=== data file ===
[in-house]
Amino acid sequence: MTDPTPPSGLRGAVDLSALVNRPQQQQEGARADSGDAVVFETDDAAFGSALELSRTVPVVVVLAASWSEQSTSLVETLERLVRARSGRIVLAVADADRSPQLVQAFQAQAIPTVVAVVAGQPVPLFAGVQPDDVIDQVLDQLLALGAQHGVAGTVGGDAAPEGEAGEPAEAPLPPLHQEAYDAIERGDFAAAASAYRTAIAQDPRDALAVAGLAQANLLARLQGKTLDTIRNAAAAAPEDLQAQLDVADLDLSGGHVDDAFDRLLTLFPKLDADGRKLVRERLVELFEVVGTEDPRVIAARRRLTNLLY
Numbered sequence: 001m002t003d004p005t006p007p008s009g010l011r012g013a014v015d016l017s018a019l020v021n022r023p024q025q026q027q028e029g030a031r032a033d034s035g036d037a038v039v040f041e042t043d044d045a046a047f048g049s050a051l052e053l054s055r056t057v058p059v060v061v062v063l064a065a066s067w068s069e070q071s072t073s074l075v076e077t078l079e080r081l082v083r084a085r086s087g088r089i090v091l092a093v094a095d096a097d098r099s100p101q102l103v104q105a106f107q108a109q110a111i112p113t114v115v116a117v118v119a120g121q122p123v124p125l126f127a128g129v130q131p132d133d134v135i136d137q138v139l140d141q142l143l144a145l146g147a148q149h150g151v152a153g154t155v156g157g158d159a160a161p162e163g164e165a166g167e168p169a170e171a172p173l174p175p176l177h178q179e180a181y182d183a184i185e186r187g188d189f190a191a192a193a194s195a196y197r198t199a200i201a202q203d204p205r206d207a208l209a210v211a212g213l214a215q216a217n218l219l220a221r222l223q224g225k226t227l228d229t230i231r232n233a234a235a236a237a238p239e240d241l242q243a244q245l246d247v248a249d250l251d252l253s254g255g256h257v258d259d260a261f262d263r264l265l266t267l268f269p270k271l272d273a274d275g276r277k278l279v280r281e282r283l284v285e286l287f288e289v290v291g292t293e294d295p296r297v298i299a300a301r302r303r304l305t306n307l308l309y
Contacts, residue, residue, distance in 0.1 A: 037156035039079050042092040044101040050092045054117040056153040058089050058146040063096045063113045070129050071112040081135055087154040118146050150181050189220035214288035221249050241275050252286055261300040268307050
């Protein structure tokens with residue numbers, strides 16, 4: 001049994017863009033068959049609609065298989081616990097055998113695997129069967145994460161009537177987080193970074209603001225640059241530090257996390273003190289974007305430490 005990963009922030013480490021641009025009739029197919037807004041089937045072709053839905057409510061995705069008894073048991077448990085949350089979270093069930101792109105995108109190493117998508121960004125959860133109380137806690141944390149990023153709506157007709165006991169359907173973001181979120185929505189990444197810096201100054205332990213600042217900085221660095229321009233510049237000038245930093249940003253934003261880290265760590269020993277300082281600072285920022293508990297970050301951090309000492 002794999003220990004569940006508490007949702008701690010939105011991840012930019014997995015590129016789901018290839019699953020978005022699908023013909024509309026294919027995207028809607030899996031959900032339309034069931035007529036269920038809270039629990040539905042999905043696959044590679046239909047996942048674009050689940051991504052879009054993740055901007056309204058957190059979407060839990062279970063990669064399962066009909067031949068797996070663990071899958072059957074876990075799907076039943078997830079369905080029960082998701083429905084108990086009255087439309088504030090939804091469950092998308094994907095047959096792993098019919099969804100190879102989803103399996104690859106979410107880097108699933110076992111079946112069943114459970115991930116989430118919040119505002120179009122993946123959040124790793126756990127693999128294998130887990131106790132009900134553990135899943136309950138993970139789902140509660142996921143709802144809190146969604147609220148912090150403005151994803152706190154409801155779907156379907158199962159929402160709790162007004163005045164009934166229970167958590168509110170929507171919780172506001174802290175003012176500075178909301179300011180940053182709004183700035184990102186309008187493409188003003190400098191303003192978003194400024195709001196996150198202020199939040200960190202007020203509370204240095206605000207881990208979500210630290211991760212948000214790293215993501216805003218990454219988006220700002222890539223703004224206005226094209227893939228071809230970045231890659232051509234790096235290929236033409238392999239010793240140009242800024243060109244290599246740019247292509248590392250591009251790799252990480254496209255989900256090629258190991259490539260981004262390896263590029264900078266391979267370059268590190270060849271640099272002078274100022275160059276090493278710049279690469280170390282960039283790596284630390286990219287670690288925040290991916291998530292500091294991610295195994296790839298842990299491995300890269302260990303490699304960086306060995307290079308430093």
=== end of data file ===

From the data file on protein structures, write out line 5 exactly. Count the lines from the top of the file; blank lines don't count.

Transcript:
């Protein structure tokens with residue numbers, strides 16, 4: 001049994017863009033068959049609609065298989081616990097055998113695997129069967145994460161009537177987080193970074209603001225640059241530090257996390273003190289974007305430490 005990963009922030013480490021641009025009739029197919037807004041089937045072709053839905057409510061995705069008894073048991077448990085949350089979270093069930101792109105995108109190493117998508121960004125959860133109380137806690141944390149990023153709506157007709165006991169359907173973001181979120185929505189990444197810096201100054205332990213600042217900085221660095229321009233510049237000038245930093249940003253934003261880290265760590269020993277300082281600072285920022293508990297970050301951090309000492 002794999003220990004569940006508490007949702008701690010939105011991840012930019014997995015590129016789901018290839019699953020978005022699908023013909024509309026294919027995207028809607030899996031959900032339309034069931035007529036269920038809270039629990040539905042999905043696959044590679046239909047996942048674009050689940051991504052879009054993740055901007056309204058957190059979407060839990062279970063990669064399962066009909067031949068797996070663990071899958072059957074876990075799907076039943078997830079369905080029960082998701083429905084108990086009255087439309088504030090939804091469950092998308094994907095047959096792993098019919099969804100190879102989803103399996104690859106979410107880097108699933110076992111079946112069943114459970115991930116989430118919040119505002120179009122993946123959040124790793126756990127693999128294998130887990131106790132009900134553990135899943136309950138993970139789902140509660142996921143709802144809190146969604147609220148912090150403005151994803152706190154409801155779907156379907158199962159929402160709790162007004163005045164009934166229970167958590168509110170929507171919780172506001174802290175003012176500075178909301179300011180940053182709004183700035184990102186309008187493409188003003190400098191303003192978003194400024195709001196996150198202020199939040200960190202007020203509370204240095206605000207881990208979500210630290211991760212948000214790293215993501216805003218990454219988006220700002222890539223703004224206005226094209227893939228071809230970045231890659232051509234790096235290929236033409238392999239010793240140009242800024243060109244290599246740019247292509248590392250591009251790799252990480254496209255989900256090629258190991259490539260981004262390896263590029264900078266391979267370059268590190270060849271640099272002078274100022275160059276090493278710049279690469280170390282960039283790596284630390286990219287670690288925040290991916291998530292500091294991610295195994296790839298842990299491995300890269302260990303490699304960086306060995307290079308430093």